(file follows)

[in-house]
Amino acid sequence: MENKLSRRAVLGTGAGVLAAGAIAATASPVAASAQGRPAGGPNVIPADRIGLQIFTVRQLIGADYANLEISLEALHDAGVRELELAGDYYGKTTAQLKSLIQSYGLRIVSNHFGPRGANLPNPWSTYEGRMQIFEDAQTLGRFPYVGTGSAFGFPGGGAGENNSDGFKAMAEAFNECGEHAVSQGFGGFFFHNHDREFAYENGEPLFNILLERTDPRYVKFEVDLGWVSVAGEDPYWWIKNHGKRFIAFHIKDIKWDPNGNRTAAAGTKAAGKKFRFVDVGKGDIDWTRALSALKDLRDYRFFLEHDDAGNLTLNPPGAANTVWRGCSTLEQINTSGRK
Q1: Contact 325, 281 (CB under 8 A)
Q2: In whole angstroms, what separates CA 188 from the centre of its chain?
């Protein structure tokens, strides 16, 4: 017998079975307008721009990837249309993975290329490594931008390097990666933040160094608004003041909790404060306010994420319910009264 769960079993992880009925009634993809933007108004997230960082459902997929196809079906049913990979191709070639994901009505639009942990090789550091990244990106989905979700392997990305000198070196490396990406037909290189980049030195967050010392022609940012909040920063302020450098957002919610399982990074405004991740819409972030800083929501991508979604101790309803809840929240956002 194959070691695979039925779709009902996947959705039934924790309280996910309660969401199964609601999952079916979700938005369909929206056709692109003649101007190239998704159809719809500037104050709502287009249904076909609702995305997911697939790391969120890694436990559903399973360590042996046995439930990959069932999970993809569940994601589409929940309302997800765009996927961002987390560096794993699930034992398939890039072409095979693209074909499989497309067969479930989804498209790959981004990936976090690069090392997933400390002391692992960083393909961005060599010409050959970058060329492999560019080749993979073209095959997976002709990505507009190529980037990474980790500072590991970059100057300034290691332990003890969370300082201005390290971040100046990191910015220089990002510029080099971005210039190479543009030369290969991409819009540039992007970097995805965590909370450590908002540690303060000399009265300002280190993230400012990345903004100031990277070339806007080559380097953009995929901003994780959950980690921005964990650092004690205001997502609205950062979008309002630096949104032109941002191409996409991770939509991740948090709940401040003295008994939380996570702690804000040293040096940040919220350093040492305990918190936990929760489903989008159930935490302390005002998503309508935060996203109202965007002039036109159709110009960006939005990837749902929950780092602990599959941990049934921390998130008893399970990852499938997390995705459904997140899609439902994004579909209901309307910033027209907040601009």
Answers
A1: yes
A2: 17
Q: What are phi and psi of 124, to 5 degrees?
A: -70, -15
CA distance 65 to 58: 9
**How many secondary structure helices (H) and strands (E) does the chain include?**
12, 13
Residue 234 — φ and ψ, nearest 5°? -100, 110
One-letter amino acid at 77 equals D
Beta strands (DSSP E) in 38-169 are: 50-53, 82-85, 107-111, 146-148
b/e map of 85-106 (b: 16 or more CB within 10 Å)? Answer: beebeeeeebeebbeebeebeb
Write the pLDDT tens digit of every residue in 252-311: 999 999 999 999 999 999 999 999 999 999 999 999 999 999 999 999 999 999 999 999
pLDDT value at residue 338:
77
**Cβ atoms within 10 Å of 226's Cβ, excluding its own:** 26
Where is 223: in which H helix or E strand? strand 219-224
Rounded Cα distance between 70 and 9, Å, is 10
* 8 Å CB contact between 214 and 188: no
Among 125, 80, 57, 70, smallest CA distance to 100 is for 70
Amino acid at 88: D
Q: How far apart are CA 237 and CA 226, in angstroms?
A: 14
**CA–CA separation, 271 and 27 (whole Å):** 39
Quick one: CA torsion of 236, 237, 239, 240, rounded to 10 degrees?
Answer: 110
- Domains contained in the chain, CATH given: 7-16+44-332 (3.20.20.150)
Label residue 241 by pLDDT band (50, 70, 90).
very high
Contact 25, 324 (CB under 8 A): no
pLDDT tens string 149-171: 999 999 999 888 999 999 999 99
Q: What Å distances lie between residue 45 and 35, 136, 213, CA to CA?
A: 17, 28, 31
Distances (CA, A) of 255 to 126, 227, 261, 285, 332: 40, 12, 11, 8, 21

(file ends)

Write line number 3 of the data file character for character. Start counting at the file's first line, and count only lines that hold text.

Q1: Contact 325, 281 (CB under 8 A)